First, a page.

HM: The recent EGLINTONconnects Study is a good example of making urban design and mobility speak to each other. Metrolinx, which is the region’s transit agency, announced a $4.8 billion investment in new Light Rail Transit for 19 kilometres of Eglinton Avenue. In order to get ahead of the growth that we know will come as a result of this investment, the city undertook a corresponding 19 kilometre avenue-type study to generate a new urban design vision to guide change. City Council just approved the 21 recommendations put forward in support of this vision on May 6th 2014. The recommendations fall into three categories:
- Travelling recommendations: A focus on creating a complete street for all users, and includes new bike lanes and wider sidewalks.
- Greening recommendations: A focus on sustainability and include ideas for new parks, plazas and trail connections as well as details to grow big trees.
- Building recommendations:Make efforts to speak to the design of future development along the corridor, from incremental townhouses, to mid-rise, to tall buildings in some cases.
The design of the LRT has become a tool to implement this vision and so the transit and the city around it will evolve together, manifesting a design that has resulted from many conversations and consultations, and has received much public support.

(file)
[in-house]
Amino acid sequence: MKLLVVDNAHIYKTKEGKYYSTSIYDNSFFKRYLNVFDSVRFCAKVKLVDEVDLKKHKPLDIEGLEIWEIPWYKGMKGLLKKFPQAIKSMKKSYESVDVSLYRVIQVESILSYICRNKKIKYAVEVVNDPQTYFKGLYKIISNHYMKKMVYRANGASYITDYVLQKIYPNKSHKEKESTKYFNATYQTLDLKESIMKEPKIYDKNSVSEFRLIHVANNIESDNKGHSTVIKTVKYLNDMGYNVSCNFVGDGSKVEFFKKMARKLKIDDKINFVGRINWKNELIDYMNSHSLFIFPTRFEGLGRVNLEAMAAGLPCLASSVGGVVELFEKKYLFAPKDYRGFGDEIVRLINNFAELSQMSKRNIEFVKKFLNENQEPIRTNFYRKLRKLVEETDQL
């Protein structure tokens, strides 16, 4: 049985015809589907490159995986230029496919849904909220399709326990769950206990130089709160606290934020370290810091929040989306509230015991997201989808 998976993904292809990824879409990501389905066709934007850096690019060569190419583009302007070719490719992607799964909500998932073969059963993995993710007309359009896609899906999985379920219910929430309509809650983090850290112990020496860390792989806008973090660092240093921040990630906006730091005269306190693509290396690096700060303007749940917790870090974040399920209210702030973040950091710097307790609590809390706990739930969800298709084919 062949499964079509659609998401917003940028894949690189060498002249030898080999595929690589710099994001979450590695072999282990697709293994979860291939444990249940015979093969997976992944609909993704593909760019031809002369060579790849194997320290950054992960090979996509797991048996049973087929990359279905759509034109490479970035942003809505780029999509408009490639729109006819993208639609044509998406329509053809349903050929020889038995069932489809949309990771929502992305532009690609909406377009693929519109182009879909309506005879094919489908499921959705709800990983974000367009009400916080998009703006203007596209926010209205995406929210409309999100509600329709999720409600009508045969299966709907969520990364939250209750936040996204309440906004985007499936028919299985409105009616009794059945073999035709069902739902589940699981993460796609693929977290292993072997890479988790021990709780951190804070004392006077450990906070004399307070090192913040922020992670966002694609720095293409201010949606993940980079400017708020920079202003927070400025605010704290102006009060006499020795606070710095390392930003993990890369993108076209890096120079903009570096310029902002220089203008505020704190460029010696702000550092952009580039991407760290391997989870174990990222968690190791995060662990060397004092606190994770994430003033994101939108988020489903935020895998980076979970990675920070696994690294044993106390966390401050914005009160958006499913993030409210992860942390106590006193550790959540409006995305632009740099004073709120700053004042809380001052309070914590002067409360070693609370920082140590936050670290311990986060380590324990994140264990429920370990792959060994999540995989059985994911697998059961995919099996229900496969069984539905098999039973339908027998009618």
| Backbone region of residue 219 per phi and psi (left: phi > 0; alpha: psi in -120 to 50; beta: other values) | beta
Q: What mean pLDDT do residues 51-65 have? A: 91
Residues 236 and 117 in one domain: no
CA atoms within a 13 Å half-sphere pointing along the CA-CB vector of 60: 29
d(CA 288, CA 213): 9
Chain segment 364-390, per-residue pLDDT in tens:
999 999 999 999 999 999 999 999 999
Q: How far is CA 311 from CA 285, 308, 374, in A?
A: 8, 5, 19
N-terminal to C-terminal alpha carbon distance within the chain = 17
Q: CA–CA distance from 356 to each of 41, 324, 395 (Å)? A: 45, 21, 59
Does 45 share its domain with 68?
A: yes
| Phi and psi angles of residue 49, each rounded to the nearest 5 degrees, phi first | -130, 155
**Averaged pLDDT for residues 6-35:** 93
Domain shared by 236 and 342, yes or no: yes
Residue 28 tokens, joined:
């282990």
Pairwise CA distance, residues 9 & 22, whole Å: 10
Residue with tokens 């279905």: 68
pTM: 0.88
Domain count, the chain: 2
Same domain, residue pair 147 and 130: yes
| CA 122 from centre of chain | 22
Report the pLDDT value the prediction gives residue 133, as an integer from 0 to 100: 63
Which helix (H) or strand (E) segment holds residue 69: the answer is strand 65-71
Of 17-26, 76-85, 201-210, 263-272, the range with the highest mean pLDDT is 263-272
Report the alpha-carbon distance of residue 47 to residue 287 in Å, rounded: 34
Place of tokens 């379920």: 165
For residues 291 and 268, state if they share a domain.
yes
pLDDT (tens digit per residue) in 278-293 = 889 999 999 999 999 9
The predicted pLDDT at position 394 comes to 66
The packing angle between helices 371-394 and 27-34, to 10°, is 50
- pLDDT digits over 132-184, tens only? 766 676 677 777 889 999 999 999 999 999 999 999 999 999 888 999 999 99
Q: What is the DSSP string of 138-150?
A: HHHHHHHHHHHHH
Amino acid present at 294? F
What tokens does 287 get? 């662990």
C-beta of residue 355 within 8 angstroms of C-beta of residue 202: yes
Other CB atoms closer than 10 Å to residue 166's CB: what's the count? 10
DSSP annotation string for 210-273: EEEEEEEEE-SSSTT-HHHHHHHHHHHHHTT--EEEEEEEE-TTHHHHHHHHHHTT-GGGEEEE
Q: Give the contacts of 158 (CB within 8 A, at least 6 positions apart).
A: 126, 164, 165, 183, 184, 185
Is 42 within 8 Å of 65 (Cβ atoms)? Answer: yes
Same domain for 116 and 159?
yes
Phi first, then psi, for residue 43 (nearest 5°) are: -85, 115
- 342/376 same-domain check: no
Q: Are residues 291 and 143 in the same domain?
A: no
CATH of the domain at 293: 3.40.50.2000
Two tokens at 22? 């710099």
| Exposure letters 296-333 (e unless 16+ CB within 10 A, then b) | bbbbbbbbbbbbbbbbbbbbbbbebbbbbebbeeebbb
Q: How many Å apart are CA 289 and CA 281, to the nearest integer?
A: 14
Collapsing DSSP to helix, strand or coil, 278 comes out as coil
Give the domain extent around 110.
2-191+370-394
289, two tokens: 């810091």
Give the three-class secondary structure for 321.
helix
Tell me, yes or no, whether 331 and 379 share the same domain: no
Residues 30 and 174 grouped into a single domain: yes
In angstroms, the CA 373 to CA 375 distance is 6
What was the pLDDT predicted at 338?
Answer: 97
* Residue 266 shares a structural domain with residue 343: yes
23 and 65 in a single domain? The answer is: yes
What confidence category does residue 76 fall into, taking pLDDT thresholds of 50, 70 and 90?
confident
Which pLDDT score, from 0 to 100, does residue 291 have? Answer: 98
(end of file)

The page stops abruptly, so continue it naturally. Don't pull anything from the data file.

RF: Under the immense pressure to deliver and deal with major challenges, how important is it for cities to pause, and spend time re-imagining the city, from an urban design and mobility perspective?
HM: Mobility and high quality urban design are proven essential qualities for enhancing a city’s liveability and economic competitiveness. As demonstrated in the scope of current studies we are undertaking, they also must be considered hand-in-hand. Accordingly, as in most major NorthAmerican cities, re-imagining from an urban design and mobility perspective is the most important challenge facing Toronto today and it should be top of mind in all our discussions and decision-making.
Harold Madi will be part of a workshop at the New Cities Summit on Mobility and the Urban Form. Read more here
Harold is the Director of Urban Design for the City of Toronto, where his extensive urban planning and urban design background lends to the multi-disciplinary practice of this section of the City Planning Division.
Harold is also a faculty member at the School of Urban and Regional Planning at Ryerson University, and he sits on the Design Review Panels for the City of Vaughan, City of Toronto, Waterfront Toronto and the Toronto Community Housing Corporation.